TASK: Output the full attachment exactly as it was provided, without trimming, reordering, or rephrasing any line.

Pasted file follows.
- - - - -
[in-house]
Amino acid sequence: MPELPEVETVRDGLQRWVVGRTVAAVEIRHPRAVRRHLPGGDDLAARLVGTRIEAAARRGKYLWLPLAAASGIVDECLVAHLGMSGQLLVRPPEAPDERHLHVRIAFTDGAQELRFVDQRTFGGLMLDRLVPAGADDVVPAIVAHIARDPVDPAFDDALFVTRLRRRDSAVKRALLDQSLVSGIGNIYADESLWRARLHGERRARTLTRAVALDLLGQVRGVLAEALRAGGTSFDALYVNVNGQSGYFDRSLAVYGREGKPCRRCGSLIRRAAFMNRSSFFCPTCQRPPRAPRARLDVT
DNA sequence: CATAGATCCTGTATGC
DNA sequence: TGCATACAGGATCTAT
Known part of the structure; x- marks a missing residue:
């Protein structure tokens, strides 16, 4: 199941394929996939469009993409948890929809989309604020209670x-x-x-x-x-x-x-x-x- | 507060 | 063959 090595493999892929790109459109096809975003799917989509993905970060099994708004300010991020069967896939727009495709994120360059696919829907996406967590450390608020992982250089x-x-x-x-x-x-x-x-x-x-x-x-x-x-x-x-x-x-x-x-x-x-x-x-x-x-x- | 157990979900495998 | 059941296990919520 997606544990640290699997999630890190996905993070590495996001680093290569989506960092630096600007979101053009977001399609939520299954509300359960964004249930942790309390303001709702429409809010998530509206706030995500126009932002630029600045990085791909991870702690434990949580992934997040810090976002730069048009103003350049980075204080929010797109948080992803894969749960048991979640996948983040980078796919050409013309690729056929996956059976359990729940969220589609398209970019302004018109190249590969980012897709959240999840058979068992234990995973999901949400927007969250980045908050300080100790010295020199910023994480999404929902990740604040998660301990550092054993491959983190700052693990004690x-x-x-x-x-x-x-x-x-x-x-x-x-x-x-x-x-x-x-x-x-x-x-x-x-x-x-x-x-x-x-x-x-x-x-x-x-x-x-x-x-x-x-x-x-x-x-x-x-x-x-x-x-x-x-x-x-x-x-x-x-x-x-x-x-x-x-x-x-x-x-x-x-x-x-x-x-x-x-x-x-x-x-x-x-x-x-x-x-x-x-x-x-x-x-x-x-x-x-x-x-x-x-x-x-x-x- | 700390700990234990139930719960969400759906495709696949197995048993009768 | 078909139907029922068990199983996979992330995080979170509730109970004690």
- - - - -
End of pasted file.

[in-house]
Amino acid sequence: MPELPEVETVRDGLQRWVVGRTVAAVEIRHPRAVRRHLPGGDDLAARLVGTRIEAAARRGKYLWLPLAAASGIVDECLVAHLGMSGQLLVRPPEAPDERHLHVRIAFTDGAQELRFVDQRTFGGLMLDRLVPAGADDVVPAIVAHIARDPVDPAFDDALFVTRLRRRDSAVKRALLDQSLVSGIGNIYADESLWRARLHGERRARTLTRAVALDLLGQVRGVLAEALRAGGTSFDALYVNVNGQSGYFDRSLAVYGREGKPCRRCGSLIRRAAFMNRSSFFCPTCQRPPRAPRARLDVT
DNA sequence: CATAGATCCTGTATGC
DNA sequence: TGCATACAGGATCTAT
Known part of the structure; x- marks a missing residue:
């Protein structure tokens, strides 16, 4: 199941394929996939469009993409948890929809989309604020209670x-x-x-x-x-x-x-x-x- | 507060 | 063959 090595493999892929790109459109096809975003799917989509993905970060099994708004300010991020069967896939727009495709994120360059696919829907996406967590450390608020992982250089x-x-x-x-x-x-x-x-x-x-x-x-x-x-x-x-x-x-x-x-x-x-x-x-x-x-x- | 157990979900495998 | 059941296990919520 997606544990640290699997999630890190996905993070590495996001680093290569989506960092630096600007979101053009977001399609939520299954509300359960964004249930942790309390303001709702429409809010998530509206706030995500126009932002630029600045990085791909991870702690434990949580992934997040810090976002730069048009103003350049980075204080929010797109948080992803894969749960048991979640996948983040980078796919050409013309690729056929996956059976359990729940969220589609398209970019302004018109190249590969980012897709959240999840058979068992234990995973999901949400927007969250980045908050300080100790010295020199910023994480999404929902990740604040998660301990550092054993491959983190700052693990004690x-x-x-x-x-x-x-x-x-x-x-x-x-x-x-x-x-x-x-x-x-x-x-x-x-x-x-x-x-x-x-x-x-x-x-x-x-x-x-x-x-x-x-x-x-x-x-x-x-x-x-x-x-x-x-x-x-x-x-x-x-x-x-x-x-x-x-x-x-x-x-x-x-x-x-x-x-x-x-x-x-x-x-x-x-x-x-x-x-x-x-x-x-x-x-x-x-x-x-x-x-x-x-x-x-x-x- | 700390700990234990139930719960969400759906495709696949197995048993009768 | 078909139907029922068990199983996979992330995080979170509730109970004690």